Condensation in an RV of any kind is a more serious problem than ice on the windshield.  Moisture laden air will find its way to every cold surface, and can result in water damages of all sorts - yes, even mildew.  The greatest source is from cooking and showering.  Propane combustion, such as a gas stove top, is the absolute worst.  The solution is, of course, to prevent the moisture build-up in the first place.  Never cook without an open roof vent nearby.  Same goes for the shower.  It makes the heating a little more difficult, but ventilation of some kind should always be present.  If you are hooked into the grid or able to run a generator, plug in a couple of portable fans to keep the air moving.  You can also use a portable dehumidifier, and if nothing else, run the air conditioner periodically - it will remove a lot of the moisture if you can keep its drain from freezing up.  Beyond that, there's not much you can do, except try to get some heat on the windshield with a portable electric heater and/or fan.


tg 
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phloide
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« Reply #7 on: December 06, 2006, 03:55:59 PM »

For 2 years we suffered with condensation as you are experiencing. We discovered if the roof vent (In our case, Fantastic Fan) is open about 1/2 or 3/4 of an inch the problem disappears. Being open so little doesn't turn the fan on. We leave our vent open 24/7 unless we are driving. Has made no appreciable difference in heating the bus ... and NO condensation. This month we have experienced monsoons, 8-in. snowfall, -8 degree celsius temps and we are parked about 30 feet from high tide! ... NO condensation (I was surprised!). Give it a try.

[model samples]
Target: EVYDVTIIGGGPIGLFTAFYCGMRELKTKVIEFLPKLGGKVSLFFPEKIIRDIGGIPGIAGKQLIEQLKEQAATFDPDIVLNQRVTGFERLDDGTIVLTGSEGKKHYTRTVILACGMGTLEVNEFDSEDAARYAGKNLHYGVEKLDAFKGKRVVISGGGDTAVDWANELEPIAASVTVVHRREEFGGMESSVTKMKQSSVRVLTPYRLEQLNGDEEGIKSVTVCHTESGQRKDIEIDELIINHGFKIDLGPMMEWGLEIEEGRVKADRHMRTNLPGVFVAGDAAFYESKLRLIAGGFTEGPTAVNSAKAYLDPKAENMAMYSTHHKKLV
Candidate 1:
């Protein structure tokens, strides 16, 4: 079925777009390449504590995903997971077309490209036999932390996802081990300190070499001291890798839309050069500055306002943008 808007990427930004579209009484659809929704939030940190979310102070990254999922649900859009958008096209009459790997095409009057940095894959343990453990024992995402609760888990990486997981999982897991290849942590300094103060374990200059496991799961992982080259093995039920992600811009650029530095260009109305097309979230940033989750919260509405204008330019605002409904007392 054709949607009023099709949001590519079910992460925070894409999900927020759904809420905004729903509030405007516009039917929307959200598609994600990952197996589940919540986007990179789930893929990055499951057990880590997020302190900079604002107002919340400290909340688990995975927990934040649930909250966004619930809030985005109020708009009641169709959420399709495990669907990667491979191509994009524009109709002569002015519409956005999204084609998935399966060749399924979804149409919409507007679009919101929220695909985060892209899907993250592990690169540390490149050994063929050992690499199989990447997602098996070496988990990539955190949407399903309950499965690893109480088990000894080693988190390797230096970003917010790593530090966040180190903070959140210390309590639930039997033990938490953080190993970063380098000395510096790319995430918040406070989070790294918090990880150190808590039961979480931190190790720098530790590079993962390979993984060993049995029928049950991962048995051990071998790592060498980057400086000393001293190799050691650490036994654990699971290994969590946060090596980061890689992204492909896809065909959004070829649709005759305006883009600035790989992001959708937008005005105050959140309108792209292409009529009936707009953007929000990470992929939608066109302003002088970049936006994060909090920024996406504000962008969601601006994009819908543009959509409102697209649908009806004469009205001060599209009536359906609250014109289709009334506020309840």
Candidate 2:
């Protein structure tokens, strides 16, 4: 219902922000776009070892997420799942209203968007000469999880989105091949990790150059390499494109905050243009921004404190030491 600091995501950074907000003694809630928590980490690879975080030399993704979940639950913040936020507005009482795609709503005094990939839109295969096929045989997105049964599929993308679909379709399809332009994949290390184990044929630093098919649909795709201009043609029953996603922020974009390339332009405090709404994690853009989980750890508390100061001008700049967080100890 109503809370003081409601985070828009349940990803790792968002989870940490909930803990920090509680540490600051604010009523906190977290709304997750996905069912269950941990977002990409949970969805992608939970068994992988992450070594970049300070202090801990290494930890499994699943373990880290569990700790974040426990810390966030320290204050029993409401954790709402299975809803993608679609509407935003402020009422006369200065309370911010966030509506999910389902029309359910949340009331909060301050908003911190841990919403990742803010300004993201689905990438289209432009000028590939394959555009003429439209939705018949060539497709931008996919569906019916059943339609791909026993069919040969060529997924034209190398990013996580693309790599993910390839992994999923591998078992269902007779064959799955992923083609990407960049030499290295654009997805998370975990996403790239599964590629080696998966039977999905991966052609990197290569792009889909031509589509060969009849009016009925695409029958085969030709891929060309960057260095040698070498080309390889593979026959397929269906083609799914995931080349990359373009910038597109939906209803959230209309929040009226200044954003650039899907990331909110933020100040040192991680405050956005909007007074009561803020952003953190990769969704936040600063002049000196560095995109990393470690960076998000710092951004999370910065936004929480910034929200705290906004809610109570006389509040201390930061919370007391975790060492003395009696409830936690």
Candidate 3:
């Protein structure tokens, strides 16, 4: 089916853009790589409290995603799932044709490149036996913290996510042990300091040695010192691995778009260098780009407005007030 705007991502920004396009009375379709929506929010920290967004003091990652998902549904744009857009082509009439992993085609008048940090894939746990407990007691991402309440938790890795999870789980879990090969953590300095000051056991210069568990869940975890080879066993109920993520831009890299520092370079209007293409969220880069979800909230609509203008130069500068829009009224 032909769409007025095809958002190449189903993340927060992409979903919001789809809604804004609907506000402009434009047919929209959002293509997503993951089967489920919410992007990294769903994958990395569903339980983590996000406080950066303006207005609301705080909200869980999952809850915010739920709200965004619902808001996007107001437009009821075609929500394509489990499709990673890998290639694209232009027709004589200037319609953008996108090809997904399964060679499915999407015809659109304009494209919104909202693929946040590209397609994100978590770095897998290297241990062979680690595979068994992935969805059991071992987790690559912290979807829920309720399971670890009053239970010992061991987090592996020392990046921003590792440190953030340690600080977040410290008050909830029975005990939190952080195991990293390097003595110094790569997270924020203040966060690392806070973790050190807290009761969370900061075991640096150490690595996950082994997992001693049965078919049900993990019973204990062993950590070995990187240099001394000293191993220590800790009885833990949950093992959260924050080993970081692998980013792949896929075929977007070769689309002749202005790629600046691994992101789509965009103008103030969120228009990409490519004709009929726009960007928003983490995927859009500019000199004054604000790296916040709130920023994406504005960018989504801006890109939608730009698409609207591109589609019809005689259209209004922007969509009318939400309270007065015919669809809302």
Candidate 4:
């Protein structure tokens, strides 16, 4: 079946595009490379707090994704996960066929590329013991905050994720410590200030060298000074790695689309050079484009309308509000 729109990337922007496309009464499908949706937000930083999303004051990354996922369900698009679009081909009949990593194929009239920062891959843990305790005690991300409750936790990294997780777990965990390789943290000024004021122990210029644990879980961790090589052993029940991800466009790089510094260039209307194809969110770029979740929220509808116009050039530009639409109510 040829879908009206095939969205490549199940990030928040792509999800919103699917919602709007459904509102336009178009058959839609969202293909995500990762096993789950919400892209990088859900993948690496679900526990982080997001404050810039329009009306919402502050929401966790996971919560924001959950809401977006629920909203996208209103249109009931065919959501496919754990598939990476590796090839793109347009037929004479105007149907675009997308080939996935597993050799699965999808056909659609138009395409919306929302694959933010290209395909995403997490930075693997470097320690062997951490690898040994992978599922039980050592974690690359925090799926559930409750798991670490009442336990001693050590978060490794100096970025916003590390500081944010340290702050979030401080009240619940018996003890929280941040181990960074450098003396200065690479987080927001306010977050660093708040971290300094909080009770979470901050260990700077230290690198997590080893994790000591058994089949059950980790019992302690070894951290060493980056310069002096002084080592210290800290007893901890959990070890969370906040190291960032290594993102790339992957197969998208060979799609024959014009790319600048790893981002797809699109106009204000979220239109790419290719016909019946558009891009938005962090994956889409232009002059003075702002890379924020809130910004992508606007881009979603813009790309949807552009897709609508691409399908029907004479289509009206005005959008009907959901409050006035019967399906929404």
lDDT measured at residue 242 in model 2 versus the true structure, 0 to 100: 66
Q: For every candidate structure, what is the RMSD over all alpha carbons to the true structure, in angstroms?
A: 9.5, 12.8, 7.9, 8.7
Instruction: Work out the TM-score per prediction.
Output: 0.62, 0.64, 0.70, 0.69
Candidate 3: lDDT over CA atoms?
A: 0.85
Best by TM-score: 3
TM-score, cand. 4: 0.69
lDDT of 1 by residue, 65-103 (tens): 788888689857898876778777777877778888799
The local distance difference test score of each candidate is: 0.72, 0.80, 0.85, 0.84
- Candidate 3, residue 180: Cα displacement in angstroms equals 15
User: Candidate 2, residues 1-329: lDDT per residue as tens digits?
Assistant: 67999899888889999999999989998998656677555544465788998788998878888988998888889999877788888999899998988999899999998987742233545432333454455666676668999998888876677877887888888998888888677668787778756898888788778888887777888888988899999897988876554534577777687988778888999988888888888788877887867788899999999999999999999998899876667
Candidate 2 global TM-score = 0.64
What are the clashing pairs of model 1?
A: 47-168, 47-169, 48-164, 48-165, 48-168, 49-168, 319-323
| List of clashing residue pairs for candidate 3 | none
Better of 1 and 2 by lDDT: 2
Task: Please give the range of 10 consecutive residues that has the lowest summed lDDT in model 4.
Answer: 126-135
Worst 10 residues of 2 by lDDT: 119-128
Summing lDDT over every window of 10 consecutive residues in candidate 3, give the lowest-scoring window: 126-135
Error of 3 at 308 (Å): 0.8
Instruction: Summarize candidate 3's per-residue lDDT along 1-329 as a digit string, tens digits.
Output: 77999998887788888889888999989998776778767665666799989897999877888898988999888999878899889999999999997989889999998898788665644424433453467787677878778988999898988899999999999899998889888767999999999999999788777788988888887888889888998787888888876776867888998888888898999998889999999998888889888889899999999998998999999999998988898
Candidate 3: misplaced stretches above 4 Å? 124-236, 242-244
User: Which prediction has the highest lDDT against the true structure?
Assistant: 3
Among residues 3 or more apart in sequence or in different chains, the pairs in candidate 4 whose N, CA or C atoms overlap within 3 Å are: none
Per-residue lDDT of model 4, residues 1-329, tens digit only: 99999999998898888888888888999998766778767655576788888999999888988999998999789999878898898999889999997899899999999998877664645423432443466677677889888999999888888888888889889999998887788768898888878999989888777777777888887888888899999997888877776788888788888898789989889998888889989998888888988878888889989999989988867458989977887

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David Anderson
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« Reply #8 on: December 06, 2006, 08:33:41 PM »

Thanks,  It can't be more simple than that.  I'll let you know the results after Christmas when we return.

David
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Jeremy
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« Reply #9 on: December 07, 2006, 02:43:53 AM »

My bus (not yet converted) has a fan / vent in the roof that is always open - the fan can be switched on and off, but the vent itself has no moving parts and cannot be closed. I've not used the bus in cold temperatures yet, so I don't know if the vent will make it difficult to keep the bus warm

Jeremy
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TomC
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« Reply #10 on: December 07, 2006, 08:08:01 AM »

Considering both cars of recent years and even big rigs have flow through ventilation, if you're getting icing, you don't have enough fresh air being introduced, since typically snow weather has very low humidity.  Personally, when I replaced my transit windows with Peninsula windows, it sealed up the bus so much, that if everything was shut, the closing front door would pop your ears.  So now, I have the bath Fantastic fan up a couple of inches with a small piece of wood (two popsicle sticks) wedged so it doesn't close, and the fan can still operate.  Have no problems with condensation, stale air,etc.  Worth a try.  Good Luck, TomC
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David Anderson
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« Reply #11 on: December 24, 2006, 08:00:27 PM »

We made it back.  Thanks for the tips, guys.  We were in -10 degree weather and I opened the bath vent a bit, turned on the exhaust fan very low while showering and cooking and had no condesation on the glass.  It didn't cool things too much because it doesn't take much  movement to get the warm moist air out the top, but you have to get it out or it condenses badly.

Thanks for your help.

David